How to Write a Pitch
Want to write for Campus Progress? All it takes is an idea and a pitch.
Campus Progress publishes articles by, about, and for young people. It’s our job to print the work of young writers like you, and we offer a stipend for accepted articles. If you have an idea for a story, please send a 200-word email to email@example.com. Your pitch should:
- Introduce your story idea and define your angle. In other words, tell us what you want to write about and explain your point of view and argument.
- Explain why your idea is timely, unique, important, and/or of interest to Campus Progress readers. The most important thing when developing your idea is to figure out why people reading the article should care about what you’re writing about. Take a step back and ask: “What’s interesting about this? What am I adding to the conversation that’s not already out there?”
- Estimate a deadline for your piece.
- Include your phone number and email address.
- You can also attach clips and/or writing samples.
Because Campus Progress is a non-partisan non-profit, articles or other content should not to advance the interests of any particular political party or candidate for office.
Here are three examples of possible pitches—one that’s not so good and two we’d be more likely to accept.
Example of a bad pitch:
Dear Campus Progress,
I am a political science major and a writer for my campus newspaper. I’m interested in writing a story for Campus Progress with an alternative view of the Patriot Act, because I think it’s really important for students to know about and understand. Would you be interested in a piece like this?
Jack P. Student
Example of a good pitch for a reported feature:
Dear Campus Progress,
I would like to write a story for Campus Progress that attempts to explain why there hasn’t been a powerful on-campus student movement against the Iraq war. Although most students seem to agree that it was a mistake for the United States to invade Iraq, a strong, unified student voice calling for the president to bring our troops home hasn’t yet emerged. As a part of my analysis, I would like to compare the student activism of the 1960s to that of today, and argue that although there doesn’t seem to be a unified student voice against the war, students today are expressing their opinions and making a difference on the national scene.
I will talk to 10 college activists from campuses across the country and attend a rally that is scheduled to take place next week at my college. To compare and contrast today’s activism to that of the Vietnam era, I will also interview administrators and anti-war student activists from the 1960s.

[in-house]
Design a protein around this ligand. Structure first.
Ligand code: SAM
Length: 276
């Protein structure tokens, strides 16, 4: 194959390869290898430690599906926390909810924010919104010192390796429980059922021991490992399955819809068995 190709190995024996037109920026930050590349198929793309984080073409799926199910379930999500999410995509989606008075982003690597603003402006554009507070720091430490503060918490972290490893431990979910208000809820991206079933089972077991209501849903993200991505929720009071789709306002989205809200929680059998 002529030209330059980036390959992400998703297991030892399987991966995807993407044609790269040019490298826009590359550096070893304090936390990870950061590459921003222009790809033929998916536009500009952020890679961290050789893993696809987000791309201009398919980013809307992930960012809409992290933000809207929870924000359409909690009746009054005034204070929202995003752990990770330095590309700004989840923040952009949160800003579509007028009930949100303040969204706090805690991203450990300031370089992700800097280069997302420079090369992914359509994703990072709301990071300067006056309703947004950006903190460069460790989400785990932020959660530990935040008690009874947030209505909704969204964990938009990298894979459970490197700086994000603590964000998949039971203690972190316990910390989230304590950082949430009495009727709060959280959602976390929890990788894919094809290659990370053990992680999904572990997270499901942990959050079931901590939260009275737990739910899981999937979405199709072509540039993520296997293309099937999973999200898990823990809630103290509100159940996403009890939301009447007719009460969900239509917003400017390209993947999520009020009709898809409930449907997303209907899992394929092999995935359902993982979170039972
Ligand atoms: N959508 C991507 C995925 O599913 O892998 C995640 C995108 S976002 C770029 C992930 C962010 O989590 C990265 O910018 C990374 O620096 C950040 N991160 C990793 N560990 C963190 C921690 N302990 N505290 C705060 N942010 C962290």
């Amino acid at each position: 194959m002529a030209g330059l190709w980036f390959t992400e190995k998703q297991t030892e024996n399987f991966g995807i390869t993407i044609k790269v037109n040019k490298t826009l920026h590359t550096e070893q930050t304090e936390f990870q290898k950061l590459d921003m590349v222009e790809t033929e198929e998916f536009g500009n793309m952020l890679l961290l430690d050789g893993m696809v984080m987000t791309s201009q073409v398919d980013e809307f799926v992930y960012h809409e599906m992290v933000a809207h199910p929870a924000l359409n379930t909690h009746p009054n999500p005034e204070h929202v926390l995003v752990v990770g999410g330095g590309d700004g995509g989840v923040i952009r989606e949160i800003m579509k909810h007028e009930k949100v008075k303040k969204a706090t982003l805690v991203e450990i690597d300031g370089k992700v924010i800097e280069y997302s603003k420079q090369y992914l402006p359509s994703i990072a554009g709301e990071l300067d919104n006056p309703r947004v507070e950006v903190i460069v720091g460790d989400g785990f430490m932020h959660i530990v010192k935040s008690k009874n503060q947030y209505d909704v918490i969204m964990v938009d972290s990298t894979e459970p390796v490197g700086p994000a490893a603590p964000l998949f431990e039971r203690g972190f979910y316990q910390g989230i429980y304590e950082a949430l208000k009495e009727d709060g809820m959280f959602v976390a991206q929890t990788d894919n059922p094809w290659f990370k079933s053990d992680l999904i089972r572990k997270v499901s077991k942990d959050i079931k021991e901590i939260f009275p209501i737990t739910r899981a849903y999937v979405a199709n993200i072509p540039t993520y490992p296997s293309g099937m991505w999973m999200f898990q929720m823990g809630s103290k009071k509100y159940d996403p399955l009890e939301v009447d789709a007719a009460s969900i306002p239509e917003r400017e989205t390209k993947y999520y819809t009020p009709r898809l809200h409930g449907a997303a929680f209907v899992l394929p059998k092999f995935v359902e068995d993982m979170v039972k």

It is important for someone from our generation to write this piece. Various political writers, like Thomas Friedman of the New York Times and Courtney Martin of the American Prospect, have recently argued that college activists are ineffective. Campus Progress’s readership will enjoy reading an article written by a college student that counters these opinions.
If my pitch is accepted, I can turn in a draft of the piece by the end of this month.
Joyce Q. Student
Example of a good pitch for an opinion column:
Dear Campus Progress, I’m often disturbed by the lack of diversity in the contemporary environmental movement. I would like to write an opinion piece for Campus Progress arguing that the perceived whiteness of contemporary environmentalism keeps the movement from reaching the places that need it most: low-income communities, which have disproportionately high levels of minority residents. Because the movement currently places so much emphasis on individual choices made by consumers—like the decision to buy environmentally friendly light bulbs or hybrid cars—environmentalists have distanced themselves from those who can’t afford to make those choices.
It’s no surprise, then, that students of color and low-income students feel helpless and uninspired when it comes to climate change. There aren’t enough high-visibility role models of color in the environmental movement, and campus activism is dominated by white activists. As a student of color who cares about climate change, I can offer personal experience and a unique perspective to the discussion.
If my pitch is accepted, I can submit a draft by the end of next week.
Thomas G. Student